You’ve just hired a new employee and asked them to add something to your website. They start asking questions, lots of questions. What size should the photos be? What are the specifics of your color palette? What’s the headline font? How about the text font? Should I capitalize “company?”
The problem is, you don’t know the answers to those questions.
The guy who did that job before left no information behind. Now what? You could call your web developer to get some of those answers, but that’s a pain. They’re busy, you’re busy. They don’t even know all those answers.
There must be an easier way.
The brand and writing style guide is the easier way. Let’s talk about what this style guide is and why you need it.
What is a style guide?
A style guide lays out a set of rules for handling the branding and writing for your business. The guide could include how to use logos and colors; how to format text and images for both online and paper use; and rules for punctuation, capitalization, spelling and grammar.
If that sounds overly restrictive to you, think of it this way. You create a business plan to guide your business activities and stay on a planned path of growth and development. The style guide aides in creating consistent communication for the continuous growth and recognition of your brand.
Rather than restrict, your style guide provides structure.
Three reasons your business needs a style guide
The most important thing the style guide does is help to establish brand identity. Your logo is the visual representation of your business. It must always be shown the same way, throughout all mediums. While the size can change, the shape and colors should never be skewed or changed.
Your marketing materials and website should also strive to build cohesion. The same set of colors should always be used, the same three or four fonts should stay consistent, and the same formatting should be employed. Your brand should be recognizable by the images and text you put out into the world.
Establish your voice
Who your client is and what you sell has some say in the voice your company portrays. However, your personality as a business owner also plays a part. Establishing voice is for a different post on another day, but your style guide helps you keep it once you’ve nailed it down.
How you use acronyms and jargon play a part in your voice and should be included in the style guide. Whether you want your content and marketing pieces to feel casual or formal, peppy or quiet should also be spelled out.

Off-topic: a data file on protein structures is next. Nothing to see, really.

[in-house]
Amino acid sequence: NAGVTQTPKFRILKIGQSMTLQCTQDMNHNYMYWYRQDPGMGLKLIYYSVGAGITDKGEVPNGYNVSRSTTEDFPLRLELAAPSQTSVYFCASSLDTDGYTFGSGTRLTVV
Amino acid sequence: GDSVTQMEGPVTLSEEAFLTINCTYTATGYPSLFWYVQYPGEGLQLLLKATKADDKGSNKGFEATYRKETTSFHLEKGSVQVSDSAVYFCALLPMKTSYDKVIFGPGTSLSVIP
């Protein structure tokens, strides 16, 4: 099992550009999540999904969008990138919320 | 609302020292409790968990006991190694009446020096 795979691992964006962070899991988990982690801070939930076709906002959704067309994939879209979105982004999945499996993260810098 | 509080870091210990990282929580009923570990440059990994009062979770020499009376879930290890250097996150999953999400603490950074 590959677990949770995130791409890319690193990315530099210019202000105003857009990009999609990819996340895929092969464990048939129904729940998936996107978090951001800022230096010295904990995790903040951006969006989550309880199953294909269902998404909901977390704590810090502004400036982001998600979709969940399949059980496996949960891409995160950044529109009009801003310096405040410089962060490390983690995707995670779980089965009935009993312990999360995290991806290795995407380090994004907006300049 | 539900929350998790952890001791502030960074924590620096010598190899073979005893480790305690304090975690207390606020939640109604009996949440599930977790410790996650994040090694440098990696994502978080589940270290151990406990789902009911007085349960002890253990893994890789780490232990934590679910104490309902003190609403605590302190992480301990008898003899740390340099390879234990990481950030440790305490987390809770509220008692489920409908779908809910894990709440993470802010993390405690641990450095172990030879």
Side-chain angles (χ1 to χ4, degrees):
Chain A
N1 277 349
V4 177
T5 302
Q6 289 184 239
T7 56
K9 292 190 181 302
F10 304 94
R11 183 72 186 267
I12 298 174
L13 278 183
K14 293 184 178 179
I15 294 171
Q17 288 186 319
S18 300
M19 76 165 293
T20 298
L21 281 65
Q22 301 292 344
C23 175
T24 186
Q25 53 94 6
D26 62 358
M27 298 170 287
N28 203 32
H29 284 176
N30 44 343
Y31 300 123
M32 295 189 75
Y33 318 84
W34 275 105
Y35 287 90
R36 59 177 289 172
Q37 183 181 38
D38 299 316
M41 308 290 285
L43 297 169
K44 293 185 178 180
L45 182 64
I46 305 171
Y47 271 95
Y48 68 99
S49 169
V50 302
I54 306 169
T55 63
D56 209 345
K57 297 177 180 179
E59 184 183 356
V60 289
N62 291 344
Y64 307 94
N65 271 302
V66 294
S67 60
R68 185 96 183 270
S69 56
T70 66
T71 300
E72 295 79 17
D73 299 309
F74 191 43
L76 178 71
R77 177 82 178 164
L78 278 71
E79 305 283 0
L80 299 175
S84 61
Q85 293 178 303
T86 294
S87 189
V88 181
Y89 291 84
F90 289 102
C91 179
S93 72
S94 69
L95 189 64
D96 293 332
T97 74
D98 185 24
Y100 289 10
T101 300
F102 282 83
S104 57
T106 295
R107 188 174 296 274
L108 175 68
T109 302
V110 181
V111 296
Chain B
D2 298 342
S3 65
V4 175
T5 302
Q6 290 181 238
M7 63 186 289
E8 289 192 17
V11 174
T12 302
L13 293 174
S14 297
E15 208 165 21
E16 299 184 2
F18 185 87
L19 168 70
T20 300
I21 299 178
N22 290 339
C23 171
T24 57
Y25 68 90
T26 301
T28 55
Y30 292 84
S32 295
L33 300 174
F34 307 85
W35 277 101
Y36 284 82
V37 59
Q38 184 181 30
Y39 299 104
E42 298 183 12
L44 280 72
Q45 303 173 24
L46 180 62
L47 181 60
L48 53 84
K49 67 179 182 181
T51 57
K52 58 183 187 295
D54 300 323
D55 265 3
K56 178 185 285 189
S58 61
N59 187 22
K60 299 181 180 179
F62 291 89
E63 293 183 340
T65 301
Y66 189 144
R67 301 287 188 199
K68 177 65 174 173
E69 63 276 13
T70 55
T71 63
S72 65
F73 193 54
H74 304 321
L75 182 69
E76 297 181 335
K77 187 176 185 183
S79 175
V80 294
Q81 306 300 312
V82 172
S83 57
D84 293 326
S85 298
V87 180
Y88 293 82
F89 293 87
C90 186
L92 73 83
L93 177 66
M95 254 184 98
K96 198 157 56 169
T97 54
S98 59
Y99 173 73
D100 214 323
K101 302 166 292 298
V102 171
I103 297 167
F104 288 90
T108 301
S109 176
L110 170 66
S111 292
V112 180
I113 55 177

Include written samples in the guide as they’re helpful to newcomers. They’ll pick up your voice quickly when they see exactly how to capture it.
Guide those creating content
The style guide helps content creators, whether in-house or freelance, write brand-cohesive content and maintain the consistent voice you’re striving for. Their work will be better able to establish your brand and professional image.
Your goals and the writer’s goals will be the same: strengthen your voice and build brand recognition. And everyone will be moving in the same direction.
Creating your own style guide
To create a style guide, start with an outside style guide and then adjust its rules for your own business. This provides a large base of guidelines to get things rolling. Let me give you an example.
Most newspapers and magazines use the Associated Press (AP) Stylebook as their guide. It’s a good choice for many businesses as well. Other style guide options include the Chicago Manual of Style (used mostly in book publishing), the AMA Manual of Style (used in scientific journals and academia), and APA Style (used in the social sciences).
One of the rules in the AP Stylebook says to NOT use the serial comma (I used it in the paragraph above). You might feel weird about leaving out the last comma in a series and don’t want to follow that rule. So, after specifying in your style guide you will follow AP Style, you would also specify you WILL use the serial comma in all cases. Easy as that.
Once you’ve chosen a style guide to deal with the writing, punctuation and grammar part, specify how to handle graphics and formatting. Be sure to include any differences between online use and paper use.
You could also include how to write for different social media channels. We write differently for Twitter than we do for Facebook. Spell out the differences so anyone handling social media posts can maintain brand consistency.
The style guide is not a prison cell
Keep in mind your style guide shouldn’t be seen as a prison cell. This will be a living document that can be changed. It should be added to as issues arise.
And, make sure everyone in your company knows how to access it and use it. Otherwise they’ll be peppering you with all those annoying questions you couldn’t answer before you created your handy style guide.
If you don’t have time to create your style guide or aren’t sure how to do it, give me a call. I’ll whip one up for you, and it won’t break the budget.